Our seminar was held in Kyiv (Kiev then). It was called “Міжнародна Школа Українистики” (International School of Ukrainian Language and Culture) and was headed by the future ambassador to Canada and Lebanon, Professor Ihor Ostash and his wife Dr Maryna Hrynych. Classes and lodgings were located at the former Communist Party school on Melnykova Street. Among those who spoke or lectured were Lina Kostenko (honorary patron of the school), Orest Subtelny, Myroslav Labunka. Subtelny’s lecturing style was the best I have ever witnessed.
I also remember with fondness our teachers Tetiana, Solomia, Mykhailo, who was our protector of sorts, and Nina, a komandantka-like Russian-speaker with a heart of gold, who appeared to run the building. I once sat down with her for a shot of hooch to get the hot water turned back on. Then there was the poor woman at the front desk of the great hall, who had to endure the faces and comments (such as "empty head") when we passed by the Jupiter-sized head of the ex-demigod, Vladimir Ilich Lenin.
Students came from Ukraine, Poland, USA, Canada, Italy, Argentina, and Australia, and not everyone had a Ukrainian background. The organizers kindly provided a room suitable for us seminarians to pray the divine services, an a local UGCC priest came from time to time to celebrate the Divine Liturgy. The organizers made sure we were provided with every opportunity to get to know Kyiv, not only its historical monuments but also its contemporary aspects. These included well know cafes, a jazz club (where a student was told off for wearing vyshyvanka until it was discovered he was Canadian), and singing songs from San Remo Festival with two indomitable Italian girls, who had fallen for Ukraine. And there was an Argentinian girl Margarita, whose American-Ukrainian husband would help draft the Ukrainian constitution, in 1992.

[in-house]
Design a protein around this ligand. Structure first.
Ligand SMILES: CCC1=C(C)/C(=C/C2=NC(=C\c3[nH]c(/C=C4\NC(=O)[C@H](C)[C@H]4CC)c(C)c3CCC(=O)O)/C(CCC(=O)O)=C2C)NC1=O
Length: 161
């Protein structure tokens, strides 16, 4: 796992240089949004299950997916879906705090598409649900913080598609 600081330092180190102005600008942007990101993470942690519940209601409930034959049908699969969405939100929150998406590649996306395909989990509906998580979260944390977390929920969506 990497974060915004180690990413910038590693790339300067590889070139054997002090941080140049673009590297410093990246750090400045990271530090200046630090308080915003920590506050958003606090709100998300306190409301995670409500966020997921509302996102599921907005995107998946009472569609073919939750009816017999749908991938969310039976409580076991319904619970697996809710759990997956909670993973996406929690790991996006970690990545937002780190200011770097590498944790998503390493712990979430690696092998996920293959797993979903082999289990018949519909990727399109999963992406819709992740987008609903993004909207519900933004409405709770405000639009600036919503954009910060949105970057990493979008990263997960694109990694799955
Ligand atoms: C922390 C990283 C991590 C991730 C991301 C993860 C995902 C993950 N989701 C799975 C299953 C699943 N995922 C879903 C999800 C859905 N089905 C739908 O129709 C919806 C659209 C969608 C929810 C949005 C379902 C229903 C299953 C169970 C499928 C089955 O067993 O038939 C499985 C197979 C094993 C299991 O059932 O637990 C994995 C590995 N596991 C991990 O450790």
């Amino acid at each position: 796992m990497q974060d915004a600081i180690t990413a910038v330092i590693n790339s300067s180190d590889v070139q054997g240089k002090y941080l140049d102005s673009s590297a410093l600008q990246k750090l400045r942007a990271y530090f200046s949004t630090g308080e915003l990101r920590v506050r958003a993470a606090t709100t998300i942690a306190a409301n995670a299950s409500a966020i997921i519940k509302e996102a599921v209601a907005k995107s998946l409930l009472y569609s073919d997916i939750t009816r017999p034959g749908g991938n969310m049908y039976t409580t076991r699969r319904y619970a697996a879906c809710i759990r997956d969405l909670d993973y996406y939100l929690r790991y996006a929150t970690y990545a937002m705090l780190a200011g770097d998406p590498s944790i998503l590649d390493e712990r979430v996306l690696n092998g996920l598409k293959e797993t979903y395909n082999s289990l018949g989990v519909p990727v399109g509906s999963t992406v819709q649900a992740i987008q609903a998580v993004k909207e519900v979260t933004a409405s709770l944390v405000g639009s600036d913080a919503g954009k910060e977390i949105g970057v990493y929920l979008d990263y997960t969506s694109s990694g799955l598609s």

I remember the banners hung along the main Khreschatyk Street, in preparation for the visit of President George Bush and his wife Barbara. During that visit, Bush made his famous "Chicken Kiev speech," in an attempt to dissuade Ukraine from leaving the Soviet Union (erroneously comparing the nation to a state in the USA). The remarks were much discussed by staff and students on Melnykova Street.